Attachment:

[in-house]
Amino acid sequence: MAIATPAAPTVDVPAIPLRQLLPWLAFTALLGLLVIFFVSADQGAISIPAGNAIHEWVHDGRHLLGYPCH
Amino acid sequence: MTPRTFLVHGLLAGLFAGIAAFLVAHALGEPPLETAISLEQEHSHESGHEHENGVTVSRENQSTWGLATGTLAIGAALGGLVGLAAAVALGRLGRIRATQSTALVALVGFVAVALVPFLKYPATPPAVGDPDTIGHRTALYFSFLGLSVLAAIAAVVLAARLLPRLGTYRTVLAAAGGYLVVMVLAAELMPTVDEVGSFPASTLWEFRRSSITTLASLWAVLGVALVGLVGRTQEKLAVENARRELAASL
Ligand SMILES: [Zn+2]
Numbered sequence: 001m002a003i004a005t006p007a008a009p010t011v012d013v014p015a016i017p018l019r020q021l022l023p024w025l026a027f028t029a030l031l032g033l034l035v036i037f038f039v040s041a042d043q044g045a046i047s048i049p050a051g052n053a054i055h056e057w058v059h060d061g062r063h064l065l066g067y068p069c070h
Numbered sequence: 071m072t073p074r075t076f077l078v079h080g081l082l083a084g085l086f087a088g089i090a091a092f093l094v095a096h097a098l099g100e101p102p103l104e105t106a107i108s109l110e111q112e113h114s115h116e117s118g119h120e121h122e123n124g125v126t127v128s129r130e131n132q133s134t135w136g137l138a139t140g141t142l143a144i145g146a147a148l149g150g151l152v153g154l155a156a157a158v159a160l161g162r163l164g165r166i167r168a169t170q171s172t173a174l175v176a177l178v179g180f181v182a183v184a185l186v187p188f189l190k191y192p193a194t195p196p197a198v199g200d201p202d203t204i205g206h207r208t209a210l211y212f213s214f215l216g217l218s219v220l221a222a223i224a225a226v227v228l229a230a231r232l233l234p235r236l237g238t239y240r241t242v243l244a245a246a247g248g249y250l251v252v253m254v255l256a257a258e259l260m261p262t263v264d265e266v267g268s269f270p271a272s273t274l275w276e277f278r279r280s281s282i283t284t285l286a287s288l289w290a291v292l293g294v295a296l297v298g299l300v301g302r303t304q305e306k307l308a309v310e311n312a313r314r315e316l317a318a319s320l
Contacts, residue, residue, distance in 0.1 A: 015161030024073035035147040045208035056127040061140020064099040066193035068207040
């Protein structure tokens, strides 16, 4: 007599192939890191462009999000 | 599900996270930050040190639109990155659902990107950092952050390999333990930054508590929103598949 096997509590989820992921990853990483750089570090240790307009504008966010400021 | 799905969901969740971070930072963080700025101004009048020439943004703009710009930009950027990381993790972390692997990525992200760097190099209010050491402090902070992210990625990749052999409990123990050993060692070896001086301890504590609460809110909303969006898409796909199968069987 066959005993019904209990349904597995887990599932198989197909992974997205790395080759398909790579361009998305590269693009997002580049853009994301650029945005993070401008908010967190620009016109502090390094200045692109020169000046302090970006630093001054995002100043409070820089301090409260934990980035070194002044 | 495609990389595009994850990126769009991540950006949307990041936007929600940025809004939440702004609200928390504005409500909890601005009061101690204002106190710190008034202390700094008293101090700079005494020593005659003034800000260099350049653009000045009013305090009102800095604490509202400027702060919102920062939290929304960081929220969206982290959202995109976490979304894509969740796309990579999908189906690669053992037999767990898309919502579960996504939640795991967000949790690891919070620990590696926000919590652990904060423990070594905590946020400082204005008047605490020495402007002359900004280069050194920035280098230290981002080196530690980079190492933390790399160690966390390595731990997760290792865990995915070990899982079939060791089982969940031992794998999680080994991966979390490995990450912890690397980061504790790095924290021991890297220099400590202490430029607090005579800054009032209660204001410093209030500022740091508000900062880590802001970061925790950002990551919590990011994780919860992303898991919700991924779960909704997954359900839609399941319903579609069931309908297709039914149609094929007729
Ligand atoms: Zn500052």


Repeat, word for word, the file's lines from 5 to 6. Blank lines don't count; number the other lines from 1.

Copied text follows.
Numbered sequence: 001m002a003i004a005t006p007a008a009p010t011v012d013v014p015a016i017p018l019r020q021l022l023p024w025l026a027f028t029a030l031l032g033l034l035v036i037f038f039v040s041a042d043q044g045a046i047s048i049p050a051g052n053a054i055h056e057w058v059h060d061g062r063h064l065l066g067y068p069c070h
Numbered sequence: 071m072t073p074r075t076f077l078v079h080g081l082l083a084g085l086f087a088g089i090a091a092f093l094v095a096h097a098l099g100e101p102p103l104e105t106a107i108s109l110e111q112e113h114s115h116e117s118g119h120e121h122e123n124g125v126t127v128s129r130e131n132q133s134t135w136g137l138a139t140g141t142l143a144i145g146a147a148l149g150g151l152v153g154l155a156a157a158v159a160l161g162r163l164g165r166i167r168a169t170q171s172t173a174l175v176a177l178v179g180f181v182a183v184a185l186v187p188f189l190k191y192p193a194t195p196p197a198v199g200d201p202d203t204i205g206h207r208t209a210l211y212f213s214f215l216g217l218s219v220l221a222a223i224a225a226v227v228l229a230a231r232l233l234p235r236l237g238t239y240r241t242v243l244a245a246a247g248g249y250l251v252v253m254v255l256a257a258e259l260m261p262t263v264d265e266v267g268s269f270p271a272s273t274l275w276e277f278r279r280s281s282i283t284t285l286a287s288l289w290a291v292l293g294v295a296l297v298g299l300v301g302r303t304q305e306k307l308a309v310e311n312a313r314r315e316l317a318a319s320l